Watching this interesting interview was psychologist Ethan Kross, who decided to explore James’ use of “self-distancing” by conducting seven studies, which found that forgoing the use of first-person language can actually enhance your ability to regulate your thoughts and feelings. And when it’s done in light of a future anxiety-inducing event, it can help you view it as less threatening.
While it may feel unnatural to speak to yourself in the third person, using self-distancing might help you to be kinder.
Now, Get to Work! (And Be Kind to Yourself)
Even if you never find yourself under pressure to score the winning goal of a game, you can take a page out of the pro athlete’s playbook and leverage your self-talk to score big wins in your career.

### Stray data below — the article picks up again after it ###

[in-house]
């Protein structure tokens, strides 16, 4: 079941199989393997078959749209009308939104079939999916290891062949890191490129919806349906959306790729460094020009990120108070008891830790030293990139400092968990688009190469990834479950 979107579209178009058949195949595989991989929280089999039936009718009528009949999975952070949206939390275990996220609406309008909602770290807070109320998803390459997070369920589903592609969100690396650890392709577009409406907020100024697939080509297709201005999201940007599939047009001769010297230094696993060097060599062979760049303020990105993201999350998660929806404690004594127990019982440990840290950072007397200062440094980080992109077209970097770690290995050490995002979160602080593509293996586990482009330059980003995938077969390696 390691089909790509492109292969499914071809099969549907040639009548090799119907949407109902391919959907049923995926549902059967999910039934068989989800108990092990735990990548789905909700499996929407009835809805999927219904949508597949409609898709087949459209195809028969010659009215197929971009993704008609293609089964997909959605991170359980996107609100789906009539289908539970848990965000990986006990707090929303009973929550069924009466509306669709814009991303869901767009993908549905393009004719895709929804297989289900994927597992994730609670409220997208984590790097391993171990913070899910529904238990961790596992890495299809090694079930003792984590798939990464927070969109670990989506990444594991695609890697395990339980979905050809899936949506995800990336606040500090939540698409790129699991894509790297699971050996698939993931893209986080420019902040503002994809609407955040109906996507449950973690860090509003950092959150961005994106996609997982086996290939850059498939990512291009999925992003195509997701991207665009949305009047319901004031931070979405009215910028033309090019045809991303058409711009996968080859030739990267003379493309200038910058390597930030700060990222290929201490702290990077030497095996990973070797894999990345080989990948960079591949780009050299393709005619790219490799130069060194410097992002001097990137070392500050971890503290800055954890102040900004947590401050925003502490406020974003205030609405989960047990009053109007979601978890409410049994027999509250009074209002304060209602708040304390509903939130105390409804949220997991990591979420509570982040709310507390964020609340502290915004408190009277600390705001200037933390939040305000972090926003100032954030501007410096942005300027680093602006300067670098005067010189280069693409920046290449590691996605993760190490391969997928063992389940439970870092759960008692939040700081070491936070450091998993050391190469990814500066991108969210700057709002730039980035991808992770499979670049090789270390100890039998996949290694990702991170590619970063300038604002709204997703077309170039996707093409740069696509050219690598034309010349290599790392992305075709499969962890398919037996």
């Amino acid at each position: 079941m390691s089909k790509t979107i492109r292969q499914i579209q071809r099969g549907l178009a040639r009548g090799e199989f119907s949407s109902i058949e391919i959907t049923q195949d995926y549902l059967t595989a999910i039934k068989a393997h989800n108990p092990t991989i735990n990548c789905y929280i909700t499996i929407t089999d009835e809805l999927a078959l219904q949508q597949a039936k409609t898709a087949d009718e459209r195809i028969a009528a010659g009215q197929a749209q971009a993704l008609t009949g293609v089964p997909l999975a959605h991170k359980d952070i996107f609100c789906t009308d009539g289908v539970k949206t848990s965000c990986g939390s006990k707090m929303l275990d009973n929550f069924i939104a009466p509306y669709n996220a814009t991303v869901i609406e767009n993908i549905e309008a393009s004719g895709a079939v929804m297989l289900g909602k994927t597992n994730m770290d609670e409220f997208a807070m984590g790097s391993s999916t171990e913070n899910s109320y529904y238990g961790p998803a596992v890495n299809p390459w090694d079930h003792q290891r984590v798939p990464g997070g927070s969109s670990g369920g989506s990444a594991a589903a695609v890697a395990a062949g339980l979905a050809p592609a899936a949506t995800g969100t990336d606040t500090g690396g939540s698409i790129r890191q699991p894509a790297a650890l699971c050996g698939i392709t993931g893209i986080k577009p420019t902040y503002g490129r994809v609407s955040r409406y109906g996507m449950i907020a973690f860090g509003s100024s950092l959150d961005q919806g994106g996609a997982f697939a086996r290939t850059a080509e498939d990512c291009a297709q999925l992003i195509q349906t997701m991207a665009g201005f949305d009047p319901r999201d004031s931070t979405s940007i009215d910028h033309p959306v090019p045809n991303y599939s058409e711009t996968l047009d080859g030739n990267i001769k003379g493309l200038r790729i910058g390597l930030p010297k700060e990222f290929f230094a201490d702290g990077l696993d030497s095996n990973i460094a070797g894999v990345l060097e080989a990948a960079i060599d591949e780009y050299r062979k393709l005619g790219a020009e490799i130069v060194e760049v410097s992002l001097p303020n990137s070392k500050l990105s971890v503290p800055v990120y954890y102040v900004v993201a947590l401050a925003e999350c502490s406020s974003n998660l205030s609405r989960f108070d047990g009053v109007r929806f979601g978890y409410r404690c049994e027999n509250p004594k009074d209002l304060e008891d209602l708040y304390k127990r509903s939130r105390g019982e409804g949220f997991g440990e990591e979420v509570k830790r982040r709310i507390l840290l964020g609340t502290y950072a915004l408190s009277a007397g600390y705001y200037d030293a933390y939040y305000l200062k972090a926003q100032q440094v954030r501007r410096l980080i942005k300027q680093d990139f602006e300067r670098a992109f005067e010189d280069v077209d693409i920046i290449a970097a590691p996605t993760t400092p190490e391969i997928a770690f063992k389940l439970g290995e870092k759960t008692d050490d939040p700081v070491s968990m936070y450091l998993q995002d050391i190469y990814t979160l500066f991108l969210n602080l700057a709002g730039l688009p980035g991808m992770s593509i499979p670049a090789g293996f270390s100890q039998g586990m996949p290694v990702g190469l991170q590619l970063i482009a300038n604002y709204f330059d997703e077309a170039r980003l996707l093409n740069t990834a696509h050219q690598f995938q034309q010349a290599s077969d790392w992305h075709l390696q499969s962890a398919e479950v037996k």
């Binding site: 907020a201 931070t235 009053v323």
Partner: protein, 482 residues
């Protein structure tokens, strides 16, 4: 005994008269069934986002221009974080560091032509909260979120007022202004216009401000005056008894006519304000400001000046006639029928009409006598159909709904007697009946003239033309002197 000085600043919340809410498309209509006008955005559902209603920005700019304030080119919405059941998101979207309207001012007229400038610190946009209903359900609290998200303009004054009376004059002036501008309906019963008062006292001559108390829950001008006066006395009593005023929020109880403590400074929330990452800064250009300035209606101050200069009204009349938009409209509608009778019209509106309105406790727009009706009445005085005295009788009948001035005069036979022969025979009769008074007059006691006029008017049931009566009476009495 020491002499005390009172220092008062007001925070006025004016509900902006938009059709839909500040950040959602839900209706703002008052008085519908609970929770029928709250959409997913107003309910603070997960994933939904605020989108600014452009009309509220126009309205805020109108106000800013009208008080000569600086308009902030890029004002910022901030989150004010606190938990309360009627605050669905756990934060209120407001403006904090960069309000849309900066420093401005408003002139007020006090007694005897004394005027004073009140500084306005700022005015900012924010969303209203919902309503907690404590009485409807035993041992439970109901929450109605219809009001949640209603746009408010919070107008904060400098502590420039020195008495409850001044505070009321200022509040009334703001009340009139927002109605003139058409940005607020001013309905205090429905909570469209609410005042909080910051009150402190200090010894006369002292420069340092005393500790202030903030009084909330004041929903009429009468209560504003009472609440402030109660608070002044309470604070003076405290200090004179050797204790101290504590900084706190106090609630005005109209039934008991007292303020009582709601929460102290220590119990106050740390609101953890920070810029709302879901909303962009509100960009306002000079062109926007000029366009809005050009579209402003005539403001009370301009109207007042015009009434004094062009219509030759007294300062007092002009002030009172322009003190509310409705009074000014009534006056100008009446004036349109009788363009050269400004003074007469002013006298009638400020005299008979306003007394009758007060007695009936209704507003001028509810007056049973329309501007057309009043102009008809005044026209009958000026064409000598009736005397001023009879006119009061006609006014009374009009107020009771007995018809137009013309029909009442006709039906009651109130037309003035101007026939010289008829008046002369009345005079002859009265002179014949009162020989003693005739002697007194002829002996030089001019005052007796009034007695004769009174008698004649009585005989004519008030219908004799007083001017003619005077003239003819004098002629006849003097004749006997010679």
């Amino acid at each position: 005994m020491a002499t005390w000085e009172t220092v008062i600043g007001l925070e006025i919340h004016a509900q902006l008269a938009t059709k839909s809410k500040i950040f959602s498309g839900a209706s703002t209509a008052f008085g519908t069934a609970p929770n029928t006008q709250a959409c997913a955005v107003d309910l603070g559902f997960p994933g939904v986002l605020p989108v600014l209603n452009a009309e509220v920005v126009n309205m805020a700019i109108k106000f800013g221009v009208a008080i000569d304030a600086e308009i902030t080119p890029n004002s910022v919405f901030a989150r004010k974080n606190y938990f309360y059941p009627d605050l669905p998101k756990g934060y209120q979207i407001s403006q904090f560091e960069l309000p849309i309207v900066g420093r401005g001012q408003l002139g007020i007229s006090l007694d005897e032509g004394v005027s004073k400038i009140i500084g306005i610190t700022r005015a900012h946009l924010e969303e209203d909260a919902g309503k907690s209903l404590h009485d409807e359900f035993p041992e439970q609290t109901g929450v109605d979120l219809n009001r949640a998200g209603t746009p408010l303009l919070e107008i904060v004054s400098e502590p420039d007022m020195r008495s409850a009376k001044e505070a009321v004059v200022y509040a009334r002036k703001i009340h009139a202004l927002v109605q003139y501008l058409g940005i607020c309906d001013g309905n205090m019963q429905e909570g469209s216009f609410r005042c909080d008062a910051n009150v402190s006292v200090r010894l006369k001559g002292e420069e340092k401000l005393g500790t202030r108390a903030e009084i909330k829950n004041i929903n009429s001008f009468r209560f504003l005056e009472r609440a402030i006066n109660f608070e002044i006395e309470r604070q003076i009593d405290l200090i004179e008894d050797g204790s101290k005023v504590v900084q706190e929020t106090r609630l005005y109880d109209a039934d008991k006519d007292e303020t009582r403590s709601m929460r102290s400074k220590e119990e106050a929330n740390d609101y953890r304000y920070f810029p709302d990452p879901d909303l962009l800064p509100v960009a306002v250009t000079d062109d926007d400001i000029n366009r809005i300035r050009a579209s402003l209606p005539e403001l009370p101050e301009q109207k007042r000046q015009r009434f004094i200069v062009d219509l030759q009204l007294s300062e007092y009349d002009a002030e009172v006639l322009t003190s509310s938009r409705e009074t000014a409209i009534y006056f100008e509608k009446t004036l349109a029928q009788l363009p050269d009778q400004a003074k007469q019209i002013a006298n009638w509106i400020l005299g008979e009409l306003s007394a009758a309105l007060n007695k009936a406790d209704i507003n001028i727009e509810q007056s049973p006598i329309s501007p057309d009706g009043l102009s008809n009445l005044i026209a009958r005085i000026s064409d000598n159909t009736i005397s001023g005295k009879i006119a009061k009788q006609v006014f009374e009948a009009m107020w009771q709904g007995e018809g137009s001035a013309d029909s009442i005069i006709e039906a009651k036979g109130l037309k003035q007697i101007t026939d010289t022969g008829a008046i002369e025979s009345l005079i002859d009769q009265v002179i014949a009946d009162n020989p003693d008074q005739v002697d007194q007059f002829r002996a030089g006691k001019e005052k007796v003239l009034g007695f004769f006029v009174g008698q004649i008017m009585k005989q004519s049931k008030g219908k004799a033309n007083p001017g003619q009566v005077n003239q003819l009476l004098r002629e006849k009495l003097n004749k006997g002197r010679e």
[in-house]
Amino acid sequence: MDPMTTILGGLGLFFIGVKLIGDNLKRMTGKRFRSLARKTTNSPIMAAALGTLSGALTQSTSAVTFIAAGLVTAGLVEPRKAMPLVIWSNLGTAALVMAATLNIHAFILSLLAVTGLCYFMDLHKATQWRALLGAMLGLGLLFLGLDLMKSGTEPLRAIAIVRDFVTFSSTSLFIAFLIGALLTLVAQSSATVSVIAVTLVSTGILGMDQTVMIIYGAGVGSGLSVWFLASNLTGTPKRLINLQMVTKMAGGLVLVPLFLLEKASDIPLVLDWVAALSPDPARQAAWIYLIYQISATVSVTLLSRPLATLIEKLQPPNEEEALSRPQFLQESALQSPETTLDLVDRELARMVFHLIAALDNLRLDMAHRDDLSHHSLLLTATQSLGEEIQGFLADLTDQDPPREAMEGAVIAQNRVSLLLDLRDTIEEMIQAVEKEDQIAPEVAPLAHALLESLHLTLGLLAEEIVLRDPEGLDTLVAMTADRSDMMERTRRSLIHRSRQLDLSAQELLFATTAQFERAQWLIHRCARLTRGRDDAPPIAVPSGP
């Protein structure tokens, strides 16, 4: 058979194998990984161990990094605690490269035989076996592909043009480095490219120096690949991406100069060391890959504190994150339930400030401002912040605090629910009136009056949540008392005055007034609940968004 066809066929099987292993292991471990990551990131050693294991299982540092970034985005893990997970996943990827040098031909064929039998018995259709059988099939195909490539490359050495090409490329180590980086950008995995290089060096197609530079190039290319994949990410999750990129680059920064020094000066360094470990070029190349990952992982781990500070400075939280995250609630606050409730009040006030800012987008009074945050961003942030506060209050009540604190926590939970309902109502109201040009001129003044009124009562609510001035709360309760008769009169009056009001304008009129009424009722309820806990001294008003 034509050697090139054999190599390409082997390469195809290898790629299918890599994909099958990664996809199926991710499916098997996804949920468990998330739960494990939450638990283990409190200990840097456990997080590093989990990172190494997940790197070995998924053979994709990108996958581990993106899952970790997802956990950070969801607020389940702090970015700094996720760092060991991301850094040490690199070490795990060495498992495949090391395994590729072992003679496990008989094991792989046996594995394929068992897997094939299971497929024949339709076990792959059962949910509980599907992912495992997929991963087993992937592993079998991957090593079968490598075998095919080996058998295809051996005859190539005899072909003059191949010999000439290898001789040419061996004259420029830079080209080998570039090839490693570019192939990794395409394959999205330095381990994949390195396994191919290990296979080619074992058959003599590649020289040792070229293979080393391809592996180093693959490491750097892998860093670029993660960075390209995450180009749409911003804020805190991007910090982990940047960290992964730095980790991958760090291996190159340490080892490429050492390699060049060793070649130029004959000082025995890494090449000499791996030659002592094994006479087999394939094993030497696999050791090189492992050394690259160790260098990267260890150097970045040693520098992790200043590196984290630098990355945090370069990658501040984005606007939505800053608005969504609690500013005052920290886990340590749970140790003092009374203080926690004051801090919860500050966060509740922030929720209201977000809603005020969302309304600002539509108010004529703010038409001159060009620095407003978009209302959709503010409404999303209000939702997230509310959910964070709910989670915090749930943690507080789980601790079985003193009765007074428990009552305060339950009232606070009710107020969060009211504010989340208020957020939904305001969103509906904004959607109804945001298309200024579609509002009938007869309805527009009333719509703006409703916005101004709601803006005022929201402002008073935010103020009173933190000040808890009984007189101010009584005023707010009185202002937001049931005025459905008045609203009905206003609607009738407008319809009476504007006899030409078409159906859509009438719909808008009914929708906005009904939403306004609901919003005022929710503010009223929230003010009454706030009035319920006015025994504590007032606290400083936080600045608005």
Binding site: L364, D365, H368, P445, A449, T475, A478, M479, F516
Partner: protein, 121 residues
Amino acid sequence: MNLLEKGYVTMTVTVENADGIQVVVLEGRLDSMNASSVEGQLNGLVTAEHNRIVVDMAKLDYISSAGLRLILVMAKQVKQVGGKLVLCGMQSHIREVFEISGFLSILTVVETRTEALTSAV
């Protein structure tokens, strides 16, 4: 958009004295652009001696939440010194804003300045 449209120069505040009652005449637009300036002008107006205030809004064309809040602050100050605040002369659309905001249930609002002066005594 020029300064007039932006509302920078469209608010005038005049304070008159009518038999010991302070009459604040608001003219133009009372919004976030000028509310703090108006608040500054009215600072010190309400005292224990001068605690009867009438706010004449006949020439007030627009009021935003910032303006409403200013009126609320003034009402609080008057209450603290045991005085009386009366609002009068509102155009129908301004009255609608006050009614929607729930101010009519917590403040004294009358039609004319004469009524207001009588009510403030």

What you think informs what you do; science has shown that time and time again. With that being said, it’s important that you gain an understanding of and control over what you tell yourself. To recap, here are four ways to do that:
- Recognize anxiety as a normal response to a stressful situation.
- Challenge your negative thoughts. If you need some free tools to do this, check out this automatic thoughts worksheet.
- Speak to yourself the way you would speak to your best friend.
- Get in the habit of positive self-talk.
If you still find yourself resorting to unhelpful negative self-talk throughout your workday—take heart. The goal isn’t to completely eradicate negative thoughts from your mind, but to have your positive thoughts outweigh them.
Don’t argue with 4.1 percent growth.
.. don’t bet on bad news.